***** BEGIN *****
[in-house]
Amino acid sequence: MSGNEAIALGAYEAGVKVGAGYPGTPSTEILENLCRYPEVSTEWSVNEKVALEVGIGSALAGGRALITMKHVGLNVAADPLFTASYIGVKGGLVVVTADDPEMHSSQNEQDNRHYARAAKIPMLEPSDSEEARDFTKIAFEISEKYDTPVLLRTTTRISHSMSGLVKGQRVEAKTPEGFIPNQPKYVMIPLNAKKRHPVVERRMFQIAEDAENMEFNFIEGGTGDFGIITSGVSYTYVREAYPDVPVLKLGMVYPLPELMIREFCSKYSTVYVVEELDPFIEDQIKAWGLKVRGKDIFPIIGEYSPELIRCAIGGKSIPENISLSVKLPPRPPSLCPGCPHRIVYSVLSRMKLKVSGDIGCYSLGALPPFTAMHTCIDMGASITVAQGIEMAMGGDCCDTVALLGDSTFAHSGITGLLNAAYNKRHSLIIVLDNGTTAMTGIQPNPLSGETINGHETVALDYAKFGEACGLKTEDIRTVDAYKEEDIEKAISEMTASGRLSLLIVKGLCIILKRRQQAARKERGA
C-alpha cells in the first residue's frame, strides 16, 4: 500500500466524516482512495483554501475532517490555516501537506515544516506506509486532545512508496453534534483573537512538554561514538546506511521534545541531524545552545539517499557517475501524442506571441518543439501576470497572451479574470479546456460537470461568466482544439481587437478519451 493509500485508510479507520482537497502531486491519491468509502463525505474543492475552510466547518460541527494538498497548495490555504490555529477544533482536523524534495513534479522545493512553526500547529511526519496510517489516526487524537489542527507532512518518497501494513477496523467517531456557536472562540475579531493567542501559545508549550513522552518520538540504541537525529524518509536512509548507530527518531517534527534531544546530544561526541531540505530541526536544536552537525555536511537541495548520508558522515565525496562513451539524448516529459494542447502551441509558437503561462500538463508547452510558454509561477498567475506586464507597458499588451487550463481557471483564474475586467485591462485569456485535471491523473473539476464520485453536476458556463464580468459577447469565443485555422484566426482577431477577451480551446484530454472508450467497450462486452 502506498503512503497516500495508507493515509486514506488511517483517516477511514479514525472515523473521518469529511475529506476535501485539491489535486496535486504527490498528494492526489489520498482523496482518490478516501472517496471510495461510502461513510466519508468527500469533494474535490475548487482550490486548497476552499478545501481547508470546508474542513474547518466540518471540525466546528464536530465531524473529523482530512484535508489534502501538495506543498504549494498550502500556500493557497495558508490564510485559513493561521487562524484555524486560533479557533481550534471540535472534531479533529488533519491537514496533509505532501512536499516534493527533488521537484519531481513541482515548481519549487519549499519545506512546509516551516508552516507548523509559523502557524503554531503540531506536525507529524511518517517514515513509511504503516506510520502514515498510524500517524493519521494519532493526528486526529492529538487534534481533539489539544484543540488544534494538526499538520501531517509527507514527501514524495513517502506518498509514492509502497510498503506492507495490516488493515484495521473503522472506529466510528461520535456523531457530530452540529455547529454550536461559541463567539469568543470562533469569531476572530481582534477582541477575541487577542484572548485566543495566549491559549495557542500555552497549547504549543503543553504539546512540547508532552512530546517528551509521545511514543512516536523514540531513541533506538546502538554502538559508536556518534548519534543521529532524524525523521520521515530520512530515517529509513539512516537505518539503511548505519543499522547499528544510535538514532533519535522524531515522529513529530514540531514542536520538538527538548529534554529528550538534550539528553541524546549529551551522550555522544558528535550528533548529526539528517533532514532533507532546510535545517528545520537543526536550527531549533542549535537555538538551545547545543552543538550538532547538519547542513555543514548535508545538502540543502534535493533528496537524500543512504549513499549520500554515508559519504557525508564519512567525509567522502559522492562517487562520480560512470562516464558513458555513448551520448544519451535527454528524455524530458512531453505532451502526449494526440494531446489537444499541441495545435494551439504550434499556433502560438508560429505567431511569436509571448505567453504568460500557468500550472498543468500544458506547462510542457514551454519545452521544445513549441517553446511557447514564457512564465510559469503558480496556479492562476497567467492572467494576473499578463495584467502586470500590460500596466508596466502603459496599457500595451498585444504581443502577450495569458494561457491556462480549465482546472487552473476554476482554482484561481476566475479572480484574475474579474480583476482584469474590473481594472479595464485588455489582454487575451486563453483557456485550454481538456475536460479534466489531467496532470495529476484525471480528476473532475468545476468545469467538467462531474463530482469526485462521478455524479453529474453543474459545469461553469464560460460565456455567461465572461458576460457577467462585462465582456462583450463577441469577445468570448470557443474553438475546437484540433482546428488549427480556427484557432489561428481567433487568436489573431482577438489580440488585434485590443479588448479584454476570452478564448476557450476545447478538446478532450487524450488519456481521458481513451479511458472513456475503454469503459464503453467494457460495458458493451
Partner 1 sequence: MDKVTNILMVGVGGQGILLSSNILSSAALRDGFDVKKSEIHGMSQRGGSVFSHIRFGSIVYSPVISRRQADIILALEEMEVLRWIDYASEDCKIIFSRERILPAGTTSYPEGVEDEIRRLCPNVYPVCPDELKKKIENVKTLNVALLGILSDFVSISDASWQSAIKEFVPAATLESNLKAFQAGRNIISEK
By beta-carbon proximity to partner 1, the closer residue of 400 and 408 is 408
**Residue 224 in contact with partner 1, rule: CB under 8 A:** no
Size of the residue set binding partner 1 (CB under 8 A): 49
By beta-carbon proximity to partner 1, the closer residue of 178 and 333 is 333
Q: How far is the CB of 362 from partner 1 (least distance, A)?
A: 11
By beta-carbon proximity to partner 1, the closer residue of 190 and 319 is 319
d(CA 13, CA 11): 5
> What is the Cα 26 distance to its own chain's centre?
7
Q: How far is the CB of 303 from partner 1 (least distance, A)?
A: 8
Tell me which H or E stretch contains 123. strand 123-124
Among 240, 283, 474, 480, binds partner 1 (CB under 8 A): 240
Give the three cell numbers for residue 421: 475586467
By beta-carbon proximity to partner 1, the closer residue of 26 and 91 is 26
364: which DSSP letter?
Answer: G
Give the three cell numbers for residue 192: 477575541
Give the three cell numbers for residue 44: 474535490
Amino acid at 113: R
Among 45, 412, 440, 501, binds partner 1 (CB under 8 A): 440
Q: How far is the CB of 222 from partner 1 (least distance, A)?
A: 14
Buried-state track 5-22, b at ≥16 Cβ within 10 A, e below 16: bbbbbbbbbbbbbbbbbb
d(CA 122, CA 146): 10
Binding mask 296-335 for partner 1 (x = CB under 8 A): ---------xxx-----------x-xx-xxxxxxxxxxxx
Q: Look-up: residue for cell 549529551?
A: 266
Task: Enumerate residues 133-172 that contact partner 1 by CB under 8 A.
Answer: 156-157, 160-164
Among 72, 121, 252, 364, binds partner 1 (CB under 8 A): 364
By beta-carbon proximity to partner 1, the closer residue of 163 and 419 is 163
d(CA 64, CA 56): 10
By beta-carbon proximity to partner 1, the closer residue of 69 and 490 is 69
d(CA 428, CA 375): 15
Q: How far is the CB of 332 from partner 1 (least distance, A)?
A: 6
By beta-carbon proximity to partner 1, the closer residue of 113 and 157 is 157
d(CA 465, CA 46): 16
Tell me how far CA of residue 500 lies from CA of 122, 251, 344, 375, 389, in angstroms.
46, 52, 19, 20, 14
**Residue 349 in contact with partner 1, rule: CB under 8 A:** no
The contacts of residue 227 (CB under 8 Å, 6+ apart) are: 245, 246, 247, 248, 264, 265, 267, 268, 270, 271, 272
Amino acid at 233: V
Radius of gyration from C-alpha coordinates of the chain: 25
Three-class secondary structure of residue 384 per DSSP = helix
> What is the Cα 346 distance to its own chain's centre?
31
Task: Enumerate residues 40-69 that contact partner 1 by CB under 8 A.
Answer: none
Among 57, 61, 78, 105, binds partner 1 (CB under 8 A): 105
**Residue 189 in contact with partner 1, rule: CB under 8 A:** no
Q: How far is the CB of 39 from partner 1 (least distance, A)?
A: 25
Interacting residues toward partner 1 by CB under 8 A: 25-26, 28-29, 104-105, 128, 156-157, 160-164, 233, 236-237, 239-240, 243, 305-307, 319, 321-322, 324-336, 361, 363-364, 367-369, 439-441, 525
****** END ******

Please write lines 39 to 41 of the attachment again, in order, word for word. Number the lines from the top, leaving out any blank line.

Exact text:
By beta-carbon proximity to partner 1, the closer residue of 69 and 490 is 69
d(CA 428, CA 375): 15
Q: How far is the CB of 332 from partner 1 (least distance, A)?